Sadly, Boaz was the exception and not the rule in Israel, including when it came to the behavior of some kings and many other leaders in the religious hierarchy. These are the people who perhaps fancied themselves to be “gods” in their own right. They had power. They had money. When they said “Jump!” people dutifully responded “How high?” And so as with most anyone who concludes he is all-but divine, these people also concluded they could make up the rules as they went along. Hewing to God’s dusty old laws from Leviticus did not apply to these gods. Indeed, the charm of fancying yourself to be a god is precisely that you decide you are the one in the position to make up the laws of the land. And nine times out of ten the laws such gods make up tended to benefit those same gods. (This is also the charm of idolatry in any form: in history very few people have ever invented a god who then went on to make life harder for the person inventing the deity. No, no: false gods tend to be pretty easy to serve, they tend to bless what the idolater is already doing. False gods shop were you shop, live where you live, vote the way you vote and so on. False gods never trouble the waters in one’s life.)
So the psalmist of Psalm 82 sees these would-be “gods” roaming the earth and throwing their weight around and making up highly convenient laws for themselves and calls on them to stop. Raise your sights higher. Get put back into your proper place. Lift up your eyes to the true God of the cosmos, to Yahweh himself, and then do what he says, starting with how the anawim get treated in any nation and most certainly within Israel itself.
But before the poet finishes his diatribe against these would-be gods, he also issues a dire warning: you can fancy yourself to be a god all you want but at the end of the day, you will die. You will discover that the one rule you cannot change or override is the one that says mortals perish. And then you find yourself falling into the hands of the true God of all things and those who refused to serve that God in this life—especially on account of deeming themselves to be divine—may discover that what comes next is not very pleasant. As C.S. Lewis once suggested, those who in this life refused ever to pray the line “Your will be done,” may find a God who says “Very well, then: YOUR will be done. You wanted nothing to do with me in life and so I can arrange it so you will have nothing to do with me after death, either.”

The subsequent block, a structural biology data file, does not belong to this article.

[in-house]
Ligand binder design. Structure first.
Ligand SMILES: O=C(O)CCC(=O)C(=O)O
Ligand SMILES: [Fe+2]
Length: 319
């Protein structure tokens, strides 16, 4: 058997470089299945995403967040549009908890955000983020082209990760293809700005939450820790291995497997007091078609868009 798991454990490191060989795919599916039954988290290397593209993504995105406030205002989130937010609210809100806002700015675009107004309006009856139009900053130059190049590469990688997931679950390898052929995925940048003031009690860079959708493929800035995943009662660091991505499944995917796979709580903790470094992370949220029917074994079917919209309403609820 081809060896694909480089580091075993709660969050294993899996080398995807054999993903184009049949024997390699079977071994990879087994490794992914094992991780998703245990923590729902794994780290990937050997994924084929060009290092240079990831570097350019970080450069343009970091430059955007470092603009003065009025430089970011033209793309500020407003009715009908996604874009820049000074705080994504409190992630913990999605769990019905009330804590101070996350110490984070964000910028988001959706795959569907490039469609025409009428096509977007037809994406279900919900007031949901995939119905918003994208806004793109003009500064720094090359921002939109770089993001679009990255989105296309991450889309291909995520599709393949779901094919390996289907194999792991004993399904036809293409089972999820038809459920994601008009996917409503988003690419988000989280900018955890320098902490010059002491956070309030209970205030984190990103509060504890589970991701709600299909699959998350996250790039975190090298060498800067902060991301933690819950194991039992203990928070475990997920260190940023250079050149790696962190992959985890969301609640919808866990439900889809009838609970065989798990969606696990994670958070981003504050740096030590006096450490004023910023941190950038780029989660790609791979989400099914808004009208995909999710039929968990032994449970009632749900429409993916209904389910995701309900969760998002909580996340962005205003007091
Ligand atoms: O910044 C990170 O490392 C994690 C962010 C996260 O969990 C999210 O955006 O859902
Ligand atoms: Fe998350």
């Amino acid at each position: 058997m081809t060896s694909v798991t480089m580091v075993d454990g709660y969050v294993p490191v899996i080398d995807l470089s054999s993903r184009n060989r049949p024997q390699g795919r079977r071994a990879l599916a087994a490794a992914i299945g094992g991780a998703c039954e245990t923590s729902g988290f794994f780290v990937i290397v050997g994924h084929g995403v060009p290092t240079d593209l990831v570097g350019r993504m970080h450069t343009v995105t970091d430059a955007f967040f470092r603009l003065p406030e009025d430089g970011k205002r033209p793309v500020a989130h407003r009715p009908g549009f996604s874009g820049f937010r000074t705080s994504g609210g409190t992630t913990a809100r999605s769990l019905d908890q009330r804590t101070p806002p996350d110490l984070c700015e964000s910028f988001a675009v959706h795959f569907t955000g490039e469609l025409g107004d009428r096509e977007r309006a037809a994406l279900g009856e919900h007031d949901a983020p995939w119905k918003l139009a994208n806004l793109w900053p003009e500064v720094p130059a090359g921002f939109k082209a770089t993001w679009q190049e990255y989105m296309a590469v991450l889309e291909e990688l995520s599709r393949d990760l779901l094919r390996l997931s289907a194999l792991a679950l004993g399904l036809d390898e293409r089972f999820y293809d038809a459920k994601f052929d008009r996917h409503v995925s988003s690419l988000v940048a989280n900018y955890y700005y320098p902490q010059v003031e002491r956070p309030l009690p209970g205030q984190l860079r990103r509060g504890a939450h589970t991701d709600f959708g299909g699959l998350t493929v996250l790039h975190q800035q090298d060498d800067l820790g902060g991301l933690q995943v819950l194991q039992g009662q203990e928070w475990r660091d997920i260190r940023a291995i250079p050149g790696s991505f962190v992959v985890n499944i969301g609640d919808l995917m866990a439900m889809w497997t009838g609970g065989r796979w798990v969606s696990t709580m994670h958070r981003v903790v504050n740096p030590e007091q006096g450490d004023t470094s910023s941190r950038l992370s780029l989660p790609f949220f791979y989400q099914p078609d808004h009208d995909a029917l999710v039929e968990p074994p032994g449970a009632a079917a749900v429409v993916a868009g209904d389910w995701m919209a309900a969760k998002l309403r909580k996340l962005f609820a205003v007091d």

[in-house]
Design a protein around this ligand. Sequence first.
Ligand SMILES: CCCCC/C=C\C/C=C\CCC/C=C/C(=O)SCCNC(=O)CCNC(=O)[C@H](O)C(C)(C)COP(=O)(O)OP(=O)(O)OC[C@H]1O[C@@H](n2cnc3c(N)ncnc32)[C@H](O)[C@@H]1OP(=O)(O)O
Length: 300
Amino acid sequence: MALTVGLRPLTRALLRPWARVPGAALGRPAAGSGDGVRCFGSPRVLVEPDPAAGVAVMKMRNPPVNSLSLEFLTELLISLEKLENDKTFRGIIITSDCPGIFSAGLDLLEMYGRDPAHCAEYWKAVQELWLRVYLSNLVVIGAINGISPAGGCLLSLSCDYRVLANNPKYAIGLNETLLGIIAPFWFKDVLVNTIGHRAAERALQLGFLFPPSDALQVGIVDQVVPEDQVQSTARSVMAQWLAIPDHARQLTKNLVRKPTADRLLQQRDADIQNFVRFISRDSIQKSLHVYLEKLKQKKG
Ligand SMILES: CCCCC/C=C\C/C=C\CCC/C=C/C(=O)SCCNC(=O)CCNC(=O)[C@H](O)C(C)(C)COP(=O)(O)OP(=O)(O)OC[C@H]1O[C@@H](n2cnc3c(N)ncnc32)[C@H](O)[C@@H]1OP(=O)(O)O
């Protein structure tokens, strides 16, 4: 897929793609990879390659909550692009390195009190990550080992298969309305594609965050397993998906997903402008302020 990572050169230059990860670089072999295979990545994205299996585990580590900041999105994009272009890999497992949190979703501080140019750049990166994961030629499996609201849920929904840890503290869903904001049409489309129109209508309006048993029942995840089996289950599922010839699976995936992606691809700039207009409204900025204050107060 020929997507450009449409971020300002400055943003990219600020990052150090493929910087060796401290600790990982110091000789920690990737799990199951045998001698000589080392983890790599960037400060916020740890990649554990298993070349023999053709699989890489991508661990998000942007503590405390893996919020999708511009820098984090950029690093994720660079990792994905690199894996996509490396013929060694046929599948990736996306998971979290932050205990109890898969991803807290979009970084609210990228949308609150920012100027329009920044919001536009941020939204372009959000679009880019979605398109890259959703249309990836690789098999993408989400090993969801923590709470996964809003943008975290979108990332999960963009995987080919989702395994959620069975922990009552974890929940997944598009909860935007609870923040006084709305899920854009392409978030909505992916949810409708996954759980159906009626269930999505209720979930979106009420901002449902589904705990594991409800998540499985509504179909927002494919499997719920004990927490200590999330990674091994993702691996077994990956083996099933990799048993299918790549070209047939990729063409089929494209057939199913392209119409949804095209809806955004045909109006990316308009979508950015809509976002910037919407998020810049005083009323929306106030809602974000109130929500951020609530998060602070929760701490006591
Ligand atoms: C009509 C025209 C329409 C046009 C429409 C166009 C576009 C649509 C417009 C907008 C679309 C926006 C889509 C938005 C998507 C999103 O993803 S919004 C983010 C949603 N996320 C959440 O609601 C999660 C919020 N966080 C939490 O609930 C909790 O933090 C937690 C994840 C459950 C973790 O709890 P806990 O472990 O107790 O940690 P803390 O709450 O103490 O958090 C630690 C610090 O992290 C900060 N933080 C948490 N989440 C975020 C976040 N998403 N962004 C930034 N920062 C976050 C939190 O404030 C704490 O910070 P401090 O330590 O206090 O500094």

This may not be a cheery message and so when we preach on it, it would be well to emphasize that the true God we serve is the God and Father of our Lord Jesus Christ. There is grace available with this God, there is mercy abundant. There is a reason why you should want to serve this God and not fancy yourself a god in your own right: because the true God really is powerful to save. This God wants to save you, has made a road to salvation possible by grace alone. Abandoning yourself to this God is not a bad thing. Indeed, it is profoundly good. It gives life.
In his pitch perfect, best-selling novel The Bonfire of the Vanities, Tom Wolfe adroitly encapsulated and captured the spirit of the 1980s and particularly of the upwardly mobile “yuppies” who cashed in on that decade’s atmosphere of greed and acquisition. Stock market speculation, stock futures, junk bonds: it was all there for the taking.
Wolfe depicted these corporate and stock market titans as inhabiting a world of deeply beveled oak paneled board rooms, mahogany tables, leather sofas, gilded everything—it all screamed “Money!” And as they sat around in these wealth-soaked environments Wolfe noted that they considered themselves to be no less than “Masters of the Universe.” Or perhaps as the poet of Psalm 82 would put it: they strutted around as though they were themselves no less than gods!
Author: Doug Bratt
It sometimes seems like human nature to long for heroes. Today, however, it’s difficult to find heroes to whom we can steadily look up. The bright lights of things like 24-hour cable networks, YouTube and social media expose even the most famous people’s moral spots and wrinkles.
So it may seem nice to have a text like that which the RCL appoints as this Sunday’s Epistolary Lesson to turn to and read. Many Christians have even come to call the people on its list the “heroes of the faith.” These are remarkable people who lived by faith. They’re just the kind to whom Jesus’ followers can really look up today, right?
God has graciously provided a spiritual home for me in the Christian Reformed Church in North America for virtually all of my 61+ years. So I can think of a few Christian Reformed “heroes.” I remember Sunday school and catechism teachers, youth group leaders and schoolteachers, coaches and, yes, maybe even a few pastors.